Let’s face it: The travel credit cards market is pretty confusing. One big stumbling block for many consumers is deciding whether it’s best to get a travel credit card that earns points or miles.
If you’re facing this same dilemma, don’t worry – the Nerds are here to help. Take a look at the details below for everything you’ll need to make the right choice.
Travel credit cards that earn miles
Travel credit cards that earn miles are usually co-branded with a particular airline. This means you’re earning the frequent flyer currency of a certain airline every time you swipe. For example, with the United MileagePlus® Explorer Card, you’ll earn 1 mile for every $1 you spend, and 2 miles per dollar spent on tickets bought from United.
It’s important to understand that a “mile” you earn in one of these programs (with a credit card or otherwise) isn’t the same thing as a mile you’d walk on the ground. This is just the nomenclature most frequent flyer programs use to describe a unit of their rewards currency. The number of “miles” it takes to get to a destination depends entirely on the awards charts developed by each airline.
The good thing about choosing a travel credit card that earns miles is that you’ll be building up good rewards not only when you swipe, but when you fly, too. If you’re very faithful to a particular airline, you could end up with a pile of miles pretty quickly.
Co-branded cards usually also come with a bevy of extra perks, like free checked bags, companion passes, airport lounge access, etc. For people who spend a lot of time on planes and in airports, these amenities can be very valuable.
The major drawback to choosing a credit card that earns miles is they lack flexibility. You’ll be locked in to redeeming your rewards with just one airline, or at best a handful if that airline has partners or is a member of an alliance.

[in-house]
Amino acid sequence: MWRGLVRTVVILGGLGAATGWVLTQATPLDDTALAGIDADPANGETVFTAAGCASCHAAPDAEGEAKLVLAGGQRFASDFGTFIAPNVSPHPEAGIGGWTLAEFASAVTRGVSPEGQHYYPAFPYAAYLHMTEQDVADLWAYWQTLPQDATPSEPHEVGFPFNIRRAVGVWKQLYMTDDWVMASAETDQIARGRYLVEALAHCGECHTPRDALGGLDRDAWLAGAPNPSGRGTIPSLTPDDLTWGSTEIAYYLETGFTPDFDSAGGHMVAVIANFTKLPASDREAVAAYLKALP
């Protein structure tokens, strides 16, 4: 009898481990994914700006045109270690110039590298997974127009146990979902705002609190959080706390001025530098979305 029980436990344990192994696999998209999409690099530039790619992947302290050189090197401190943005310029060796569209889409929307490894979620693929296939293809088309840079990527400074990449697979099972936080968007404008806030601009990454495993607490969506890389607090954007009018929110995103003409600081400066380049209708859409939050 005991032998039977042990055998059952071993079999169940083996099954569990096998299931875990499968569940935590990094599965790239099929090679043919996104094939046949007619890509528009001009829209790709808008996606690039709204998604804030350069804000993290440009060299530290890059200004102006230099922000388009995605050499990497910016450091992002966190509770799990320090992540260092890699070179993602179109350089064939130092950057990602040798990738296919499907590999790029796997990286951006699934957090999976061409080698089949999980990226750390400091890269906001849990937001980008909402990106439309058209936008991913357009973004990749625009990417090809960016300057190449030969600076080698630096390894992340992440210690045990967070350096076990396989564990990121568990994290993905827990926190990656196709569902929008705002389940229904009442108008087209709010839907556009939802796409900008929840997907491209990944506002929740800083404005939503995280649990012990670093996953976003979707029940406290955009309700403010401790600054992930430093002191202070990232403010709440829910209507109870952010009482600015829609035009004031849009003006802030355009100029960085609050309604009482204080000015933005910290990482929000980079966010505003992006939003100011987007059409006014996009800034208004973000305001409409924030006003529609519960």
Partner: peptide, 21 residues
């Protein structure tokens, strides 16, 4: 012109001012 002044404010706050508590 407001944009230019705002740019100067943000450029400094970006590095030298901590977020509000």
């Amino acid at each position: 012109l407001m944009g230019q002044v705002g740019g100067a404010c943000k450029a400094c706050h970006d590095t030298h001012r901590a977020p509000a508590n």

Also, if the airline you’ve pledged your loyalty to devalues its frequent flyer currency, the rewards you’ve been racking up can lose a lot of their worth overnight. This is definitely something to consider, especially since major carriers like Delta, United and Southwest have done so in recent years.
Travel credit cards that earn points
With travel credit cards that earn points, you’ll be accumulating the rewards currency offered by a particular credit card issuer. You can then cash your points to book travel directly through the issuer. Some cards even offer the option to transfer points to participating frequent traveler programs.
Let’s use the Chase Sapphire Preferred® Card as an example. With this card, you’ll earn 2 Ultimate Rewards points (Chase’s rewards currency) for every dollar you spend on dining and travel and 1 Ultimate Rewards point for every dollar you spend elsewhere. When you’re ready to redeem, you can use Chase’s online travel tool – which functions a lot like Kayak.com – to book flights or hotels with your points.
But if you want to, you can also transfer your points to certain frequent traveler programs at a 1:1 ratio. In the case of the Chase Sapphire Preferred® Card, these include British Airways, United Airlines, Southwest Airlines, Hyatt hotels and more. There are several distinct benefits to using a travel credit card that earns points, like the Chase Sapphire Preferred® Card. For one thing, you’ll have a lot of choices when it comes time to book a trip. In many cases, transferring points to travel partners is the cheapest way to fly. But if you bump up against a bunch of blackout dates, you’ll still be able to use your points to book directly through the issuer with almost any airline or hotel chain you’d like.